It may take time to work out what works for me in rems of regular practice. Also my practice may have to adjust from time to time (or regularly) according to circumstances (e.g. the children are now home, or the opposite – I am now seeing no one). But I think the important thing to remember is that there is no hurry – it will come in time if I keep persevering but also as I notice the two things which will work against a wholesome practice emerging which are: i. not making any effort at all and ii. making too much effort.
Clearly we need to make some effort to get going even if we are ready to be flexible with our approach. But it is equally important not to get into the wrong kind of effort – i.e. the sense of goal achievement with a timetable for when we would expect to start seeing some change or other – or with the mistaken sense that if I try really hard or increase the length of my meditation sessions, it will automatically translate into improved ‘results’. The attitude we bring to meditation will be as important as the time spent meditating. To paraphrase Alan Watts on establishing a practice: let us use the word ‘practice’ not in comparison with something I practice in order to get better at (what is ‘getting better’ at meditation anyway?) but rather as a doctor uses the word practice to suggest that this is her vocation, this is her life, this is just what she does.
The ‘rule of three’ still remains good, though, as it allows for a great deal of flexibility. For instance as an innovation (which you could do on your own or share with the whole household) the midday and/or evening practices could even be simply keeping a few moments silence before tucking into our meal. When I do this I simply invite people to ‘a few moments of silent appreciation’ which is what I have taken to doing instead of a spoken ‘Grace’. I have found most people willing to engage with this. It is also a good way to stop us all rushing into mindless conversation without even noticing the fact that we are here together, that we are a community, that we do actually care for each other. Conversation after this silent moment can be richer. And if we live alone these few moments can help to connect us with all others who may be having food at this time. A silent moment of well-wishing (safe, peace, kindness) for all those you feel connected with can also be part of this.
Going with what is here – stillness beyond calm or storm.
There are days when practising meditation seems hard. Either I catch myself finding any excuse not to sit down in my chair, or when I get there my mind is all over the place or I find myself experiencing only unpleasant emotions or anxious thoughts – which is probably why I was finding excuses not to meditate in the first place (i.e. I had a hunch it would be like this!).
But there may well be other days when practice seems a bit easier and things flow a bit more. ‘This is good’, I may think to myself, ‘I think I’ll do more of this’.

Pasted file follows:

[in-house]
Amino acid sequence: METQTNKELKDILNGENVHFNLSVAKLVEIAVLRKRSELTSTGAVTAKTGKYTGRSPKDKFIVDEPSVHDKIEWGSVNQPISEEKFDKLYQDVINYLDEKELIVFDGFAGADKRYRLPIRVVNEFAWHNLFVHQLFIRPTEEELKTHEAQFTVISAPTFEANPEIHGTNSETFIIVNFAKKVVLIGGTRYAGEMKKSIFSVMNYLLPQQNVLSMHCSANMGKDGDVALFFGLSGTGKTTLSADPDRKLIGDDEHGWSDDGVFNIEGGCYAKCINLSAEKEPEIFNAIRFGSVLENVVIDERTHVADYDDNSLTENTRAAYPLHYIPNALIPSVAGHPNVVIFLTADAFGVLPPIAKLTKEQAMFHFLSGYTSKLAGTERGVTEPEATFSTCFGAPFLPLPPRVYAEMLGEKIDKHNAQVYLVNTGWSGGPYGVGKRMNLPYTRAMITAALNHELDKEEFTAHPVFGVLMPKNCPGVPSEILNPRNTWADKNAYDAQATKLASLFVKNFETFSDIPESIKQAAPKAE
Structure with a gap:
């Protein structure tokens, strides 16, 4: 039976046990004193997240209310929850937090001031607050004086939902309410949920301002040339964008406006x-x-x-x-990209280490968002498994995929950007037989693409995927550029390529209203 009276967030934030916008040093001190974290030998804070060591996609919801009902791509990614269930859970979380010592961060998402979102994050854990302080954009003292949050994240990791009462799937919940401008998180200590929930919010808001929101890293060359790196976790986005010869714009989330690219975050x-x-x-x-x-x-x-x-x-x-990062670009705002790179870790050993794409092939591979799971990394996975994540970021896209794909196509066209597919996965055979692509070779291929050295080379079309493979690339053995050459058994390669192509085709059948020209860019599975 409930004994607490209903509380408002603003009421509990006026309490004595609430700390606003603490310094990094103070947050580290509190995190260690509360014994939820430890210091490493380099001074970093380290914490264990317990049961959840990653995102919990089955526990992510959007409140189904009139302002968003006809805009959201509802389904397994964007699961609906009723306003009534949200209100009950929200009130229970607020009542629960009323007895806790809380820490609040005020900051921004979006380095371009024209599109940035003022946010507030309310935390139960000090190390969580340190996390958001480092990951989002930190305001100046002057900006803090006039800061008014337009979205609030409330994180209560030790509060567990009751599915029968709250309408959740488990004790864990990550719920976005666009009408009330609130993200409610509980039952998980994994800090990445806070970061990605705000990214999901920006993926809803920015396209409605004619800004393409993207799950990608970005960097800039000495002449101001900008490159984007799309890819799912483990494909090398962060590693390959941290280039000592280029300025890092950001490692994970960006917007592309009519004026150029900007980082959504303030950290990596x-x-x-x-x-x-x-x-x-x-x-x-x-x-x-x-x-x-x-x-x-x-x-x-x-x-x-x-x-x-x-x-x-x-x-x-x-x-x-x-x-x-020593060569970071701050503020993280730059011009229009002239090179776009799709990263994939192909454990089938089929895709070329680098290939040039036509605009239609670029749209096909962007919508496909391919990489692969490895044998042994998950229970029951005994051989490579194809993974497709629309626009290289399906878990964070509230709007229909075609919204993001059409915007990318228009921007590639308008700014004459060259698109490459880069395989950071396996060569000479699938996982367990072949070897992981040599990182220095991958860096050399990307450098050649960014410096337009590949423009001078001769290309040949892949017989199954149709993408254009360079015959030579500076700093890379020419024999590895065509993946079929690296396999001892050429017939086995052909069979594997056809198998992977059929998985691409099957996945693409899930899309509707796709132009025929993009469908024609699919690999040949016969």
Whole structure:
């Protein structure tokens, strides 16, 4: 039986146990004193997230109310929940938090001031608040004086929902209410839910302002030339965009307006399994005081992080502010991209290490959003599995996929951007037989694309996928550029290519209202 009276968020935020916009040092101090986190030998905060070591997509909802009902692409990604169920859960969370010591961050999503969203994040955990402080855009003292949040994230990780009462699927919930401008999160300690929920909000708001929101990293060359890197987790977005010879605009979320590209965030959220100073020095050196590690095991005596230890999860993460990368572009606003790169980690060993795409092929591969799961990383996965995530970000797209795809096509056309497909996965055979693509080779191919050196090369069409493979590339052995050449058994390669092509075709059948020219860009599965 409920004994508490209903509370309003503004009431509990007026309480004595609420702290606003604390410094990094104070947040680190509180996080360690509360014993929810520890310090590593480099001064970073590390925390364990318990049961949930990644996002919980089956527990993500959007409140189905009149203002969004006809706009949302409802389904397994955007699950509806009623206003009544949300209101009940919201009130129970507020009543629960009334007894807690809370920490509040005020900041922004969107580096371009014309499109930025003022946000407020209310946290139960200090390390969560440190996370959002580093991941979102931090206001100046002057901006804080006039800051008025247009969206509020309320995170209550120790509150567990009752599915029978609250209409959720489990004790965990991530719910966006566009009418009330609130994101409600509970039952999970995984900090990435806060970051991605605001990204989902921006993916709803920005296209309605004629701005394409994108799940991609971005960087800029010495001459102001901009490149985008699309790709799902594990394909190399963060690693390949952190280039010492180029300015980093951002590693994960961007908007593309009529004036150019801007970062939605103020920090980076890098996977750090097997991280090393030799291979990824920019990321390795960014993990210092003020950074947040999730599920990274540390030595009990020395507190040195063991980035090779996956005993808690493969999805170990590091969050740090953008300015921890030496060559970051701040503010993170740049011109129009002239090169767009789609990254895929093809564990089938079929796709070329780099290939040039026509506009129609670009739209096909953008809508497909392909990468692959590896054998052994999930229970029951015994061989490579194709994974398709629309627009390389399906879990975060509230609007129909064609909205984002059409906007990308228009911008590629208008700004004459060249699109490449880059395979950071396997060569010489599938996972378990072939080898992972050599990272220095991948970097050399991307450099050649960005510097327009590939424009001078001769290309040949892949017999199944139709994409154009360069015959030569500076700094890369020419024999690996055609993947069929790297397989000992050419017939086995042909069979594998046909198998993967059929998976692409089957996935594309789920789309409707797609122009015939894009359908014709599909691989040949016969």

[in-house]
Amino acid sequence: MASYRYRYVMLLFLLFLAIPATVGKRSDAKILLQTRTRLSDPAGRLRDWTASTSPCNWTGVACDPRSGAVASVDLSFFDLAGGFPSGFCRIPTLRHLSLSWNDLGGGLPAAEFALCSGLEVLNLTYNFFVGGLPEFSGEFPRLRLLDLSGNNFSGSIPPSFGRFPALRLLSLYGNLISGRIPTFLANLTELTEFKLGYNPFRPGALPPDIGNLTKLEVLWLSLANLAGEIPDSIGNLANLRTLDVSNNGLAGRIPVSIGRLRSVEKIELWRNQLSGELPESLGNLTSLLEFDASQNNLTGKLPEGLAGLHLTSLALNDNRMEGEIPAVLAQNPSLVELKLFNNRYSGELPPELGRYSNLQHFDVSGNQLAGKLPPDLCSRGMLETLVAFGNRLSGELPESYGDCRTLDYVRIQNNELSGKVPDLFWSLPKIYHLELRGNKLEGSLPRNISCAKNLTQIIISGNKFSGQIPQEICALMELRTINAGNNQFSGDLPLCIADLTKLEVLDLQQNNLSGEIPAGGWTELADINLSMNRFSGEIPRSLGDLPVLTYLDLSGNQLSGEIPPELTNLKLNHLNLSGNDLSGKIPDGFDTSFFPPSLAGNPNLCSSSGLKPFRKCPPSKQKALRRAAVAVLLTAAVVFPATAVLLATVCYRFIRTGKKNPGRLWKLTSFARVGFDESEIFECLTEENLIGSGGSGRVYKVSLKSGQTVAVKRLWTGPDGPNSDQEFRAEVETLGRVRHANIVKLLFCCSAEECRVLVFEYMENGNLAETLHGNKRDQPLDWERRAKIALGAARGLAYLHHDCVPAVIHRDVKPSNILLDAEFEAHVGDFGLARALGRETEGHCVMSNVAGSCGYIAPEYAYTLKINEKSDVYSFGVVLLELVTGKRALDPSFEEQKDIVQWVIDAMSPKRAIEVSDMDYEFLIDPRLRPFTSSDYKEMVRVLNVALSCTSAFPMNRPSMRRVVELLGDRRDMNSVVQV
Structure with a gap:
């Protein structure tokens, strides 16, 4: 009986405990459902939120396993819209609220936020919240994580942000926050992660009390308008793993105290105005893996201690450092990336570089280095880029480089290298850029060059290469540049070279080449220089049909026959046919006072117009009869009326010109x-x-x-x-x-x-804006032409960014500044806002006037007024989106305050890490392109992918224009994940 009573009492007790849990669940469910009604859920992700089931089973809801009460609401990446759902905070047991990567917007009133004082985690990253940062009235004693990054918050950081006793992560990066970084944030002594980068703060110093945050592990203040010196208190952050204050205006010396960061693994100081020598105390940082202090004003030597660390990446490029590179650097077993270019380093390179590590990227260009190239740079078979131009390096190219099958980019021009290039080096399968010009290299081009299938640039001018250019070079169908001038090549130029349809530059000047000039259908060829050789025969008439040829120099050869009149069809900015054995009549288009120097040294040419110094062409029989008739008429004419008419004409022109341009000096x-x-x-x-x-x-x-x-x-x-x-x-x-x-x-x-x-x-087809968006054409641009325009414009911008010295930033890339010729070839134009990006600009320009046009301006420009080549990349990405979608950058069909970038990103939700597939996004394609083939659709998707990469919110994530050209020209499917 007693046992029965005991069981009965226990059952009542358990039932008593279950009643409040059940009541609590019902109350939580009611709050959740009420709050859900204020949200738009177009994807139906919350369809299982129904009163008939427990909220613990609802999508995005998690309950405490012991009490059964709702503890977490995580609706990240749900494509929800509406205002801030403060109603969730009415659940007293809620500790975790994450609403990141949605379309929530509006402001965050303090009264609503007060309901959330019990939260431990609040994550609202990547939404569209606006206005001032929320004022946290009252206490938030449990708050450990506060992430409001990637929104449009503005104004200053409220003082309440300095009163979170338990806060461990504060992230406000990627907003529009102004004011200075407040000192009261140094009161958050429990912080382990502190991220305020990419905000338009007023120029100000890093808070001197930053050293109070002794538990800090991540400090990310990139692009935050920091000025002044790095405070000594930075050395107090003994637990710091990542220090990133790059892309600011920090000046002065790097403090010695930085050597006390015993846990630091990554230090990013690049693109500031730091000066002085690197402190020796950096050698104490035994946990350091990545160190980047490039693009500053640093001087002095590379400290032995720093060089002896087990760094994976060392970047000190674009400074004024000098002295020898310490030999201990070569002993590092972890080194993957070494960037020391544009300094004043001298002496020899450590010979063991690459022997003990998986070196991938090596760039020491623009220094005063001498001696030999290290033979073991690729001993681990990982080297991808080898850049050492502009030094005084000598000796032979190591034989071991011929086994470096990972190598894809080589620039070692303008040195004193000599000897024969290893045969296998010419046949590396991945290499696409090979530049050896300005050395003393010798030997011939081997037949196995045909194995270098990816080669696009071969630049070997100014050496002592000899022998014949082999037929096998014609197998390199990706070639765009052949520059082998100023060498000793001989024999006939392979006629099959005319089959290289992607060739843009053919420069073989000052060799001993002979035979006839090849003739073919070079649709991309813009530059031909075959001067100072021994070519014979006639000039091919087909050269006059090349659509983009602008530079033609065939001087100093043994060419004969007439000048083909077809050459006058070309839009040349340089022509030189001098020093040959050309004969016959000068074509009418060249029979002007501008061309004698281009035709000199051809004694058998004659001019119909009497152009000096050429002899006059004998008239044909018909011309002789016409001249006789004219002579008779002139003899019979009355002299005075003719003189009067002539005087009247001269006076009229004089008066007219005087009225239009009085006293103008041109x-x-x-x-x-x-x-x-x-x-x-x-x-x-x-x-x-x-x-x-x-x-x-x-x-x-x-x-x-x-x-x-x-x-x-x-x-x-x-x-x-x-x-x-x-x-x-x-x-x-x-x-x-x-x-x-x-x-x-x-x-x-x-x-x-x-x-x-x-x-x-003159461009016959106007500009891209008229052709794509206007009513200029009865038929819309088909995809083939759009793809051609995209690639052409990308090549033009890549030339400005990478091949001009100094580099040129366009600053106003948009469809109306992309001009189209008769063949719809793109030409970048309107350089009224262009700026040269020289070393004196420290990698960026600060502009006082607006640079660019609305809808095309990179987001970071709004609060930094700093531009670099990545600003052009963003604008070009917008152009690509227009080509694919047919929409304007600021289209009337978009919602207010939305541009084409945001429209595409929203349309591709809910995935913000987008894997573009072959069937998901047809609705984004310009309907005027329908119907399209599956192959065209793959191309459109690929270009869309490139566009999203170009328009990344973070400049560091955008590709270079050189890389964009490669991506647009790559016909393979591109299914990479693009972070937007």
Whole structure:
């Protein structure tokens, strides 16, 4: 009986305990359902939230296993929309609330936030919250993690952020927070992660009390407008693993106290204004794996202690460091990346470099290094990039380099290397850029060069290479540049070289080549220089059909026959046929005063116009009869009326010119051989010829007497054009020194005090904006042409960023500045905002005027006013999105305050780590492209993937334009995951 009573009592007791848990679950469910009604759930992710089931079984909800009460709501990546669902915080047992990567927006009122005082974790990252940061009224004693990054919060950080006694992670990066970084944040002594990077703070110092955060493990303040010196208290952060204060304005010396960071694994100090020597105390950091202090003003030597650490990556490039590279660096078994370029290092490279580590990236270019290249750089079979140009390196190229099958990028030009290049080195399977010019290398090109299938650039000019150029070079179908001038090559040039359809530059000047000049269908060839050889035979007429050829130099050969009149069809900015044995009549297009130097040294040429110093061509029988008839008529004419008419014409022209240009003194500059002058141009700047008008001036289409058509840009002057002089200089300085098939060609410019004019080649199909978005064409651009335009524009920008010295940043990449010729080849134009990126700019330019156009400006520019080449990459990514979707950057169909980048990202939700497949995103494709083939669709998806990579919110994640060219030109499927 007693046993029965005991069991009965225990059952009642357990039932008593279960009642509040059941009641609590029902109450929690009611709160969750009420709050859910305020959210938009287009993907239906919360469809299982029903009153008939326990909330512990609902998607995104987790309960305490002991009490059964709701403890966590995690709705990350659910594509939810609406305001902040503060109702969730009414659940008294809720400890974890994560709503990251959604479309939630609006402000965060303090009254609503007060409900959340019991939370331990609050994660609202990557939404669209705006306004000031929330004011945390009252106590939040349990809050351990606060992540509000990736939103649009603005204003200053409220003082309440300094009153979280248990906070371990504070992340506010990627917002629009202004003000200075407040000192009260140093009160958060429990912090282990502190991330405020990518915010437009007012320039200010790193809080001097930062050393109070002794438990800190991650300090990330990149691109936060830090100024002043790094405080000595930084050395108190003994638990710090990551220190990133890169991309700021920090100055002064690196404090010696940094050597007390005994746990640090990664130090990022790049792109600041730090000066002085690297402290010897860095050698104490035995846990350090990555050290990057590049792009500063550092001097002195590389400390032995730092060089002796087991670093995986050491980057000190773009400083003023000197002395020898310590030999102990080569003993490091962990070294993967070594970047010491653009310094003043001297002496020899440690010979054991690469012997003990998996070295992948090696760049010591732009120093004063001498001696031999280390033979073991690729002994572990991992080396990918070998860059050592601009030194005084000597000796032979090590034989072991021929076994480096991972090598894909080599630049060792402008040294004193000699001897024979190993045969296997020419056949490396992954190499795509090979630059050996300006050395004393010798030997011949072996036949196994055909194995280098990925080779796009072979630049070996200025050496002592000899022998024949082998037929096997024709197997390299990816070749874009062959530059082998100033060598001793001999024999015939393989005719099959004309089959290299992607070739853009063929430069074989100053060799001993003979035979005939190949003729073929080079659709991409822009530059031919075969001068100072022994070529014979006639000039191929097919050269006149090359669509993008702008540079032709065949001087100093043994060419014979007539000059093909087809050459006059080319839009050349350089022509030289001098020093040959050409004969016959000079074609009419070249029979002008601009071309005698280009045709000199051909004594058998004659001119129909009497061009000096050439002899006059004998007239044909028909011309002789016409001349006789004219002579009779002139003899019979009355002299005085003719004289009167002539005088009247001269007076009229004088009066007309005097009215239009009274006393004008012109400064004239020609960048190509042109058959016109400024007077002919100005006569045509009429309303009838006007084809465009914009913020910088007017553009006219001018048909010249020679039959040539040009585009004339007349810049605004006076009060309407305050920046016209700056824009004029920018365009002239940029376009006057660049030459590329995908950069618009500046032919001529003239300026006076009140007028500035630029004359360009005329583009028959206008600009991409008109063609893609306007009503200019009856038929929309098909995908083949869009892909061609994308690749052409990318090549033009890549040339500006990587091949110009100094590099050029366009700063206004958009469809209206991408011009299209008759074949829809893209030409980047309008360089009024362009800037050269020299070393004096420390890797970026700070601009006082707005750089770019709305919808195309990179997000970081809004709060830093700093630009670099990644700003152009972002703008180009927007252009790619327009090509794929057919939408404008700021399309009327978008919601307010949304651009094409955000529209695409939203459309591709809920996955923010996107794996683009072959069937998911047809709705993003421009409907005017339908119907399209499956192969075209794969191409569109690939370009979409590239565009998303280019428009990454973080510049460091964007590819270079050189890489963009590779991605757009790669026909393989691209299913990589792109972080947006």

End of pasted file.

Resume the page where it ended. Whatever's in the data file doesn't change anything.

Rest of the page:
But our experience in meditation will be very much like life in general – there will be easier days and more challenging days. This is just how life is and, in some ways, we would not want it any other way. We know that if it was all challenge it would be too much for us but also that if it was all ease it would probably mean we would never grow or experience new things.
So, a helpful attitude to bring to my meditation would be to let go of wanting it to be either this way or that way (e.g. more of the calm and less of the storm) but rather realising that all of my experiences in meditation are part of the whole and so deciding to come to sit however it will turn out to be today.
And if I can bring this sort of attitude to my meditation practice, then gradually I may begin to perceive the stillness that is beyond either the calm or the storm – a stillness which is always there whatever the circumstances, whatever my mood, my degree of agitation or anxiety.
So, in short, I am not trying to create a certain weather pattern but to learn to be with whatever weather is present today. This is the stillness we seek.
Obstacles and letting the process do its work.
Yes, there will be all sorts of obstacles along the way to establishing a steady meditation practice, especially when we start to get beyond the novelty stage.
And these obstacles will very often come in all the classic thought forms:
- I don’t have time today
- Is it really working?
- I have to get this done first
- I shouldn’t be spending this much time on myself
- I am worried it is making things worse
- I couldn’t be bothered today
There is no space to respond to each one of these other than to say that if you have had these sorts of thoughts then you are not alone. And really this is just the ‘doing’ mode of mind struggling with the fact that it is not entirely dominant any more – and that the ‘being’ mode of mind is being given some priority.
And really the only antidote is to take the attitude of just doing it anyway – and seeing what happens. Then, gradually, even imperceptibly meditation practice becomes a part of our day as naturally as eating and sleeping. And furthermore, when we put aside all these thinking questions about why and whether, what and how much, we may find we are more able to get further into the practice itself and may even begin to notice gradual changes emerging in our lives.
So, almost certainly change will happen but it is still always best not to be too concerned with this but rather just with the practice itself and then to let the practice do its work on us: focus on the process and it will be the process which changes us.